Discuss legal fees first, clients told
The Star 29/3/2003
KUALA LUMPUR: Potential clients should
always discuss the question of fees with lawyers before appointing them, said
newly-elected Bar Council chairman Kuthubul Zaman Bukhari.
Under the Legal Profession (Practice and
Etiquette) Rules 1978, he said lawyers were entitled to exercise their discretion
on how much to charge in litigious or contentious matters and if a potential
client felt that the fees were too high, they should go to another lawyer.
“If the issue of fees is not discussed
at the start and the client ends up being dissatisfied with the amount charged
at the conclusion of the case, his only recourse will be to ask the court to
tax the amount in order to reduce it.
“This he must do within six months from
the delivery of the bill,” said Kuthubul, who added that the question of exorbitant
fees did not arise in non-contentious matters such as conveyancing as a scale
of fees applied there.
He said this when speaking on “Legal Profession
– Practice and Etiquette” at a lunch talk organised by the Business Ethics Institute
of Malaysia for its members on Thursday.
Kuthubul said it was unprofessional and
improper to accept less that the scale fees laid down by law but added there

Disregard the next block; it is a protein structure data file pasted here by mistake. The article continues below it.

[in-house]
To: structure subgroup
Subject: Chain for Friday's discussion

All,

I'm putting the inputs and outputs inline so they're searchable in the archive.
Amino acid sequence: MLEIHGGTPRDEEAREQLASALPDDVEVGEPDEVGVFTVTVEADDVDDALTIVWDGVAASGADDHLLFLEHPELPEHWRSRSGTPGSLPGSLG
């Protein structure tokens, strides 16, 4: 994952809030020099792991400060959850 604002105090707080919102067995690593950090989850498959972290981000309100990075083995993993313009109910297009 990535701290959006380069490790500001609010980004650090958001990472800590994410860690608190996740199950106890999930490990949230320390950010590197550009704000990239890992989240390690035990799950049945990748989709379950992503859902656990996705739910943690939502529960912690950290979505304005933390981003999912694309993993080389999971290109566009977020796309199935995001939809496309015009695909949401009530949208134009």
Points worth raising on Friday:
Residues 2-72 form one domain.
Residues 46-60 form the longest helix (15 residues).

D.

could be an exception where a lawyer offered his services for free for special
Touching on advertisements by developers
for the launch of a housing project, he said the offer of a “subsidy of legal
fees or free legal fees may be misleading”.
He said there was no question of the developer
giving a buyer a subsidy or free legal fees because the developer was bound
to pay his own solicitor’s fees.
“Sometimes, the developer may tell the
purchaser ‘no need to get your own lawyer if you sign up because we offer free
legal fees’ and the developer’s lawyers may not point out the fact that they
are really acting for the developers and obliged to protect the developer’s
He added that although the council did
not have exclusive jurisdiction over the conduct of lawyers, the Advocates and
Solicitors’ Disciplinary Board was an independent body where the public could
seek redress against lawyers who flout the rules.
To a question from the floor, Kuthubul
said that although the Legal Profession Act did not specifically state that
a lawyer for a private vendor could not act for the buyer as well, it would
be a conflict of interest to give advice to both.